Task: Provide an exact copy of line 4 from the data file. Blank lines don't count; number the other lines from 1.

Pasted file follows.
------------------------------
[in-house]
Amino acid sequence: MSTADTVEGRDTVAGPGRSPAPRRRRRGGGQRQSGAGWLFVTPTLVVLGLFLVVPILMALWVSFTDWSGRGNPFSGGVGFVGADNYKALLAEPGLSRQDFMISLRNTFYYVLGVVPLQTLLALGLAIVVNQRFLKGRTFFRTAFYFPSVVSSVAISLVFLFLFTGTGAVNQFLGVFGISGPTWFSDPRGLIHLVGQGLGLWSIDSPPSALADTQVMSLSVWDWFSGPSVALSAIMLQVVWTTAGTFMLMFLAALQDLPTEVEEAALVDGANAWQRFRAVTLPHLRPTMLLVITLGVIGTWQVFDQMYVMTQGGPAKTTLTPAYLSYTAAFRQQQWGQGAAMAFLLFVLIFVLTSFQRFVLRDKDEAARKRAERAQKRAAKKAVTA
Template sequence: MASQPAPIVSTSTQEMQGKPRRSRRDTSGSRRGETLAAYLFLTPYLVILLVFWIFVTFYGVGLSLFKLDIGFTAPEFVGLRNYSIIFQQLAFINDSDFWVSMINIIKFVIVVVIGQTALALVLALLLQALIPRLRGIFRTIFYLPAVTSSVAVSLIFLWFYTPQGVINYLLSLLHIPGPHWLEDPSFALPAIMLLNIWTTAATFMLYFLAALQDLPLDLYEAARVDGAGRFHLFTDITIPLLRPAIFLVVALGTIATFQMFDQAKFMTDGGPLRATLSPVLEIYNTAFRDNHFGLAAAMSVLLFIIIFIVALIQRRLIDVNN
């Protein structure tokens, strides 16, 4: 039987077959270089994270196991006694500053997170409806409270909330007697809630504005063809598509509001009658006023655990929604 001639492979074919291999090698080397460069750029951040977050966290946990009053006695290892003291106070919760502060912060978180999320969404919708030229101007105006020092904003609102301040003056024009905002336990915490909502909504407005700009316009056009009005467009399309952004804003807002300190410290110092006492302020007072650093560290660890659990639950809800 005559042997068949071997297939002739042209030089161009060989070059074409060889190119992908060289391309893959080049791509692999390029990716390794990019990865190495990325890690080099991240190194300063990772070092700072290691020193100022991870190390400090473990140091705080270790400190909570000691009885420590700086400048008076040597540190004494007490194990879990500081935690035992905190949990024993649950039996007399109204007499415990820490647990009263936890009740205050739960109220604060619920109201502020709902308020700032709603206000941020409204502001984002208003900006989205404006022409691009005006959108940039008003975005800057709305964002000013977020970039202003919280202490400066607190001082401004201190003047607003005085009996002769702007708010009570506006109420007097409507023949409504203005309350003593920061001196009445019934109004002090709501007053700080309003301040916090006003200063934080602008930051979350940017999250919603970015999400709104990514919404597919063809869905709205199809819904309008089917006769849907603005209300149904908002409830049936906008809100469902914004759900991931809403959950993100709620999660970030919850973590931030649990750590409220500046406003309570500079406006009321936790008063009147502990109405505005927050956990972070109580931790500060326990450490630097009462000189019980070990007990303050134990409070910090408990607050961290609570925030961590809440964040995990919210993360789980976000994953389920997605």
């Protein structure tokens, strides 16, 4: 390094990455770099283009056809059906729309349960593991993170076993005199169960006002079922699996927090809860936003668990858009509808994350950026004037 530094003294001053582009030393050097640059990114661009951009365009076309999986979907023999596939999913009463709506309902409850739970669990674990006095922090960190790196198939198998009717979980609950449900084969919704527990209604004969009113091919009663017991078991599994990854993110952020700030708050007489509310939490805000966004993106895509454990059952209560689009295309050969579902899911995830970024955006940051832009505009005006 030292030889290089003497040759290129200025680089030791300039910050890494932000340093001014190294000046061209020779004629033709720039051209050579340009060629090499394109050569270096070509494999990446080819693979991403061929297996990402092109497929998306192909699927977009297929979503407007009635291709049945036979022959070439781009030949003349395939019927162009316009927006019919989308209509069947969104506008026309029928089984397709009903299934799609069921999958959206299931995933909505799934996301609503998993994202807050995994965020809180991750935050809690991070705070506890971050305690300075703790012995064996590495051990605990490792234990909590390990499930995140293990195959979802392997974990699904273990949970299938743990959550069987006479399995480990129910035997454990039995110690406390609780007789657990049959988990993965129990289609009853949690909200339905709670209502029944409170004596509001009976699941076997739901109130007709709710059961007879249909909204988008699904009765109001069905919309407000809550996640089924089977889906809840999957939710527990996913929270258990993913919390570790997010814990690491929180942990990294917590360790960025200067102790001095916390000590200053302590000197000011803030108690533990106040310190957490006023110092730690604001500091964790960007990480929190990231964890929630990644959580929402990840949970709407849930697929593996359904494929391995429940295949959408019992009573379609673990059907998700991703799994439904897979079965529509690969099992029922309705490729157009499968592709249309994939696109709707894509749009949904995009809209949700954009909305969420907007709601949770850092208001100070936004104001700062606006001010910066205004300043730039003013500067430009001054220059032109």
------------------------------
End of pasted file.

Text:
């Protein structure tokens, strides 16, 4: 039987077959270089994270196991006694500053997170409806409270909330007697809630504005063809598509509001009658006023655990929604 001639492979074919291999090698080397460069750029951040977050966290946990009053006695290892003291106070919760502060912060978180999320969404919708030229101007105006020092904003609102301040003056024009905002336990915490909502909504407005700009316009056009009005467009399309952004804003807002300190410290110092006492302020007072650093560290660890659990639950809800 005559042997068949071997297939002739042209030089161009060989070059074409060889190119992908060289391309893959080049791509692999390029990716390794990019990865190495990325890690080099991240190194300063990772070092700072290691020193100022991870190390400090473990140091705080270790400190909570000691009885420590700086400048008076040597540190004494007490194990879990500081935690035992905190949990024993649950039996007399109204007499415990820490647990009263936890009740205050739960109220604060619920109201502020709902308020700032709603206000941020409204502001984002208003900006989205404006022409691009005006959108940039008003975005800057709305964002000013977020970039202003919280202490400066607190001082401004201190003047607003005085009996002769702007708010009570506006109420007097409507023949409504203005309350003593920061001196009445019934109004002090709501007053700080309003301040916090006003200063934080602008930051979350940017999250919603970015999400709104990514919404597919063809869905709205199809819904309008089917006769849907603005209300149904908002409830049936906008809100469902914004759900991931809403959950993100709620999660970030919850973590931030649990750590409220500046406003309570500079406006009321936790008063009147502990109405505005927050956990972070109580931790500060326990450490630097009462000189019980070990007990303050134990409070910090408990607050961290609570925030961590809440964040995990919210993360789980976000994953389920997605």